Limerick City east has Covid-19 rate twice the national average

Concern is growing about the volume of cases in the city, including in the University of Limerick, where over 200 cases have been recorded since January
Limerick City east has Covid-19 rate twice the national average

Concern is growing about the volume of cases in the city, including in the University of Limerick, where over 200 cases have been recorded since January. Picture: Dan Linehan

Nearly 40% of all Covid-19 cases in Co Limerick have come from one region, which has a 14-day incidence rate that is twice the national average.

On Thursday, the Limerick City East region had a two-week incidence rate of 546.1 per 100,000, over twice that of 240.4 per 100,000, which is the national average.

It comes as Newcastle West, which was one of the county’s worst impacted Local Electoral Areas (LEAs) over the Christmas period, has seen a steady drop and now sits far below the national average at 65.7 per 100,000.

The Adare-Rathkeale LEA, which in January had one of the highest infection rates nationally, now has a rate of 249 per 100,000.

This is still higher than the national average but is a long way from its peak rate of 3,118 cases per 100,000 population on January 11.

There has also been a change in the age groups of those been infected with the virus in the Midwest region. 

The Department of Public Health Midwest revealed that they have seen a significant increase in the rate of infection among the 15 to 24 age group.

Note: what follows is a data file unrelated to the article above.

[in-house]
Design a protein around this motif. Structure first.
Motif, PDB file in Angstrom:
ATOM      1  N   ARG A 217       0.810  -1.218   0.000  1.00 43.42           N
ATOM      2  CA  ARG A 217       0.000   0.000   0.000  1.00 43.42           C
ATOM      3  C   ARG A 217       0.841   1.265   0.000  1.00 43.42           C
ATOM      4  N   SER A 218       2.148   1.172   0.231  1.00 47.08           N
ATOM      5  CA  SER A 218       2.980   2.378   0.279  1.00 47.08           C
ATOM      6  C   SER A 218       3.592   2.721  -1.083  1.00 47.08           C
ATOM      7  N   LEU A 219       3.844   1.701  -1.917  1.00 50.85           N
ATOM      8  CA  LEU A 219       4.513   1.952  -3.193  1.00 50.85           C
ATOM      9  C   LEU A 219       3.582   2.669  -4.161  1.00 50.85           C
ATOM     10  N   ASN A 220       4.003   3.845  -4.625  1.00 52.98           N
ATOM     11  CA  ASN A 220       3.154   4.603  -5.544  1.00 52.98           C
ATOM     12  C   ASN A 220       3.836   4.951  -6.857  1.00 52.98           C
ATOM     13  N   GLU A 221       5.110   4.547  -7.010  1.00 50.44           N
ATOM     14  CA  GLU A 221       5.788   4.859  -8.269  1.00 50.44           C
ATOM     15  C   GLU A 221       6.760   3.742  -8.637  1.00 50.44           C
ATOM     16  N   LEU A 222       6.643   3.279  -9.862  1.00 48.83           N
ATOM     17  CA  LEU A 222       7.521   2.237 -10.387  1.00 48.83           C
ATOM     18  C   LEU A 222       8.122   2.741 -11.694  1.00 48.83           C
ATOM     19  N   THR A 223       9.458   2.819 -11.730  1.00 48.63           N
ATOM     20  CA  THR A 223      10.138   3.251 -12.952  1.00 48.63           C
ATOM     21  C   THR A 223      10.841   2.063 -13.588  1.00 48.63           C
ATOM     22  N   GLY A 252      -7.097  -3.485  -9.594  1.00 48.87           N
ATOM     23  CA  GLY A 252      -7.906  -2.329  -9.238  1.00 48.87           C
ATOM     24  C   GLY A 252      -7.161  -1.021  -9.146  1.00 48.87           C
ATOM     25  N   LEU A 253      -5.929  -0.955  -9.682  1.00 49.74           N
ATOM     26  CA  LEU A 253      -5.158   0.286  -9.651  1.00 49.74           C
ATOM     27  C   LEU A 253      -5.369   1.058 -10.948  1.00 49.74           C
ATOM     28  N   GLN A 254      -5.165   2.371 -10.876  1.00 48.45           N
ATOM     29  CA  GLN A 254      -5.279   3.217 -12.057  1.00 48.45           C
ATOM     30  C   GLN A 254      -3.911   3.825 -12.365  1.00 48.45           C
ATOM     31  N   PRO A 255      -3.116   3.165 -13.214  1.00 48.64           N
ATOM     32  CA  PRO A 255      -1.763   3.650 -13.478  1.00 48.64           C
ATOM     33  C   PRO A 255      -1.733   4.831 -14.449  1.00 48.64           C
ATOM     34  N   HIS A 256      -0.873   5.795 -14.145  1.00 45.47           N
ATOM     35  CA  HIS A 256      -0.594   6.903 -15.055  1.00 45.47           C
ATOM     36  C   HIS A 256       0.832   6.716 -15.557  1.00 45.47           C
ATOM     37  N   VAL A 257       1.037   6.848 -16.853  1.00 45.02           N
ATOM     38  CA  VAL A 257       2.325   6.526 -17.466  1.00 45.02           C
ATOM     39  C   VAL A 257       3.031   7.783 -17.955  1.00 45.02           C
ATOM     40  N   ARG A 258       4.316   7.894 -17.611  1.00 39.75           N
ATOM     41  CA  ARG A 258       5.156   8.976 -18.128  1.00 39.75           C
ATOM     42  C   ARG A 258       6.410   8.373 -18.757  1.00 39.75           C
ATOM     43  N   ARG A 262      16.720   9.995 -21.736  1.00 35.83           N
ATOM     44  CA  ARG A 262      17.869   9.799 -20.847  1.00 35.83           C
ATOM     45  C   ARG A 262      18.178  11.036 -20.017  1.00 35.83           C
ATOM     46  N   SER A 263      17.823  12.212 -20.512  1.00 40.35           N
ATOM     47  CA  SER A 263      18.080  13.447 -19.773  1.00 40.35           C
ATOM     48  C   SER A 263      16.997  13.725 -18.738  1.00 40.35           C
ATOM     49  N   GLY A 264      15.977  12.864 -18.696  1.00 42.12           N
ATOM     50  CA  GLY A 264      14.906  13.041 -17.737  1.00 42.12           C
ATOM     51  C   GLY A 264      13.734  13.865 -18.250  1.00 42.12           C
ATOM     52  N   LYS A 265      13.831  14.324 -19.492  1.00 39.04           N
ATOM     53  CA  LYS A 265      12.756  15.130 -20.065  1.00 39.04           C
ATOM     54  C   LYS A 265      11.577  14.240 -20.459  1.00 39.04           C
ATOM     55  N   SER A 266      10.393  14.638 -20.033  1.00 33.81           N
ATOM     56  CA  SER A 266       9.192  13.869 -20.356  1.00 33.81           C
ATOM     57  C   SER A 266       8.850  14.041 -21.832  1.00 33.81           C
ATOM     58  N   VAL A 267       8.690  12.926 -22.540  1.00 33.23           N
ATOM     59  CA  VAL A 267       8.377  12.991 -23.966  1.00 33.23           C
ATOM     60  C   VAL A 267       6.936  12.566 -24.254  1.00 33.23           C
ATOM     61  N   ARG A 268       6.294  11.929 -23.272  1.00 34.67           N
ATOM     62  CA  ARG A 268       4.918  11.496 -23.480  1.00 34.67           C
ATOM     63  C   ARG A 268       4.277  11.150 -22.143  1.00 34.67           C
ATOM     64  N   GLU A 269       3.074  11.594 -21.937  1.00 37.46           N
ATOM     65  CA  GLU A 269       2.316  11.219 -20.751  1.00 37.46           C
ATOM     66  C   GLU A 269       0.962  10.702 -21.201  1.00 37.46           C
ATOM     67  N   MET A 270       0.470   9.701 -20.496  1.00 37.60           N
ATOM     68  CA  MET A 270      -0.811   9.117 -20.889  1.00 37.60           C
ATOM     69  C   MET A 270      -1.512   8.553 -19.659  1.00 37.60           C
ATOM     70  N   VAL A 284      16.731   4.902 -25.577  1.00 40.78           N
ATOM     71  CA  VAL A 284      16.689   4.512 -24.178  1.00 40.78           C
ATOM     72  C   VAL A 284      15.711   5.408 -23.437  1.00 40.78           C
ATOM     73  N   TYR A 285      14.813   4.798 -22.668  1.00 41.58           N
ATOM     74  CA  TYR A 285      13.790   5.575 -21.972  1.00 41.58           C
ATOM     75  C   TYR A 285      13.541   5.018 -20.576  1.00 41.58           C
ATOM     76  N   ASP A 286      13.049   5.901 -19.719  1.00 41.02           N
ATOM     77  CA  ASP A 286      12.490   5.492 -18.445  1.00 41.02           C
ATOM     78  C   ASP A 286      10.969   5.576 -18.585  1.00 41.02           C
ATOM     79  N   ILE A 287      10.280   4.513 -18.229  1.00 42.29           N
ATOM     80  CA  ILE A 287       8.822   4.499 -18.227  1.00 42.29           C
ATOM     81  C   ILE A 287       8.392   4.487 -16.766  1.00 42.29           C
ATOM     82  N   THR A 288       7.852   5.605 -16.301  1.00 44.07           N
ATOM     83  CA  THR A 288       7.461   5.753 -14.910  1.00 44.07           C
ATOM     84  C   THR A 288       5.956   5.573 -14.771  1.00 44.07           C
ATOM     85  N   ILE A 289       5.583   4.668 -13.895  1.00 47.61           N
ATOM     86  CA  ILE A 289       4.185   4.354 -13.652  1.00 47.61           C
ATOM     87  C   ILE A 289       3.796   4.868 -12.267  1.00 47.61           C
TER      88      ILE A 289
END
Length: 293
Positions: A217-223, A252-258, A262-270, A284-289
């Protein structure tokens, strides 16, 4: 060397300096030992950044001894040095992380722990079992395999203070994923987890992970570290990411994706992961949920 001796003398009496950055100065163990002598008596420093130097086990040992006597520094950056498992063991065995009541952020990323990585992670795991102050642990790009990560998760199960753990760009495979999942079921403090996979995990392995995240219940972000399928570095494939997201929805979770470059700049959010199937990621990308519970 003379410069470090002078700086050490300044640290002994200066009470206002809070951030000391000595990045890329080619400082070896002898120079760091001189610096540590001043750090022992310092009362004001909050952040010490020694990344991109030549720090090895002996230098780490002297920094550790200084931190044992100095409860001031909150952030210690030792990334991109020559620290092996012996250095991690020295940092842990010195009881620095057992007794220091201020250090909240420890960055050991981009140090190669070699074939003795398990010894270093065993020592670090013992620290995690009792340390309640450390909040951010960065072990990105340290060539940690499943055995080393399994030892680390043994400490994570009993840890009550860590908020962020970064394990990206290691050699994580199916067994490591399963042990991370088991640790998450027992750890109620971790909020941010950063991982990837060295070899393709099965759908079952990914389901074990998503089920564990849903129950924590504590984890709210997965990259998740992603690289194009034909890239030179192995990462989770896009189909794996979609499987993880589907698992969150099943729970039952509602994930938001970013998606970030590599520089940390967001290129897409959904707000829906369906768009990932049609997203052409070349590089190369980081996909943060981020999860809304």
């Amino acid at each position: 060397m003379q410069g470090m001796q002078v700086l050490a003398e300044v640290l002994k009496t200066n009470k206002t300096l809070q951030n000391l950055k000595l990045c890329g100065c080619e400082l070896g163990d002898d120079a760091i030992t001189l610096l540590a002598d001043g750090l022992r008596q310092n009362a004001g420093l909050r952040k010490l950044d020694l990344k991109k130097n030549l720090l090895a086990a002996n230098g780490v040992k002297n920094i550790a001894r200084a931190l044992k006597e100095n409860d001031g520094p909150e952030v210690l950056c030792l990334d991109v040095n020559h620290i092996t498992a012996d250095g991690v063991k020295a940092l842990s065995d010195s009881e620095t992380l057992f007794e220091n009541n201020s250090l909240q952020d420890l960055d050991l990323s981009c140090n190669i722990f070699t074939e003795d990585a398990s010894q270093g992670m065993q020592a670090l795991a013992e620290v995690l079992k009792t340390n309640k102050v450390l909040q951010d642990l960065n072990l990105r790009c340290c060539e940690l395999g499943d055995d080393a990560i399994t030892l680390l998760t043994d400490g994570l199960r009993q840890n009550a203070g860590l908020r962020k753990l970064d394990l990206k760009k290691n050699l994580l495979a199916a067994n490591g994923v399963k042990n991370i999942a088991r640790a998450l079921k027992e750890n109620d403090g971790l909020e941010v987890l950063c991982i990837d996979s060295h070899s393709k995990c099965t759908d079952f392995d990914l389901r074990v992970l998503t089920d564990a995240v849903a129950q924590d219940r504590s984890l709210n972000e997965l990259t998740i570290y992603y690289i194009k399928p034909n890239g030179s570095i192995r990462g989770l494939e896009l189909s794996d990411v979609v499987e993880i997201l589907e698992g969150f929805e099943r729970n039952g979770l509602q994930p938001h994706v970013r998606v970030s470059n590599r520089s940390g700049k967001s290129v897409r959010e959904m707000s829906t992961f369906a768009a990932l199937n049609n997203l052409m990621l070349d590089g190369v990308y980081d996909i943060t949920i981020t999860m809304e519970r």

At the end of January, this age group made up 14.2% of all Covid-19 cases. This has now risen to 32.9% of all cases recorded in the region last week.

As well as this, the department noted a positive trend where the infection rate of the 85+ age group fell from 8.2% of all cases at the end of January but is now just 3.2%, and now stands at the lowest of all age groups.

One area of particular concern is Castletroy, which is located in the Limerick City East LEA, and is home to the University of Limerick (UL).

This week, UL facilitated a second round of on-campus mass testing, in partnership with Public Health Mid-West, to help manage the ongoing outbreak among the student population and to prevent further transmission of the virus.

Giving the latest up to date figures, a spokesperson from the Department of Public Health Mid-West said they had recorded more than 235 cases associated with the current student outbreak in Limerick since early January.

“The majority of cases were recorded in February,” the spokesperson said.

The Department of Public Health Mid-West encouraged students to avail of the free tests and said that students do not need to show symptoms to be tested.

In response to the outbreaks and high levels of social gathering, the university is funding high visibility Covid-19 Garda policing.

Students will now face on-the-spot fines under new measures to help control the outbreak of Covid-19 in the Castletroy area including a fine of €500 for arranging “a gathering”, while €150 fines can be issued to anyone attending a house party.

Students were also told they will face a €100 fine for leaving home “without a reasonable excuse”.

In an email to students, UL interim president Professor Kerstin Mey expressed disappointment at the high levels of social gatherings.

“To the minority of you who still believe there is no harm in continuing to gather — you are endangering yourselves, your friends, your families, your community, and your university,” she said.

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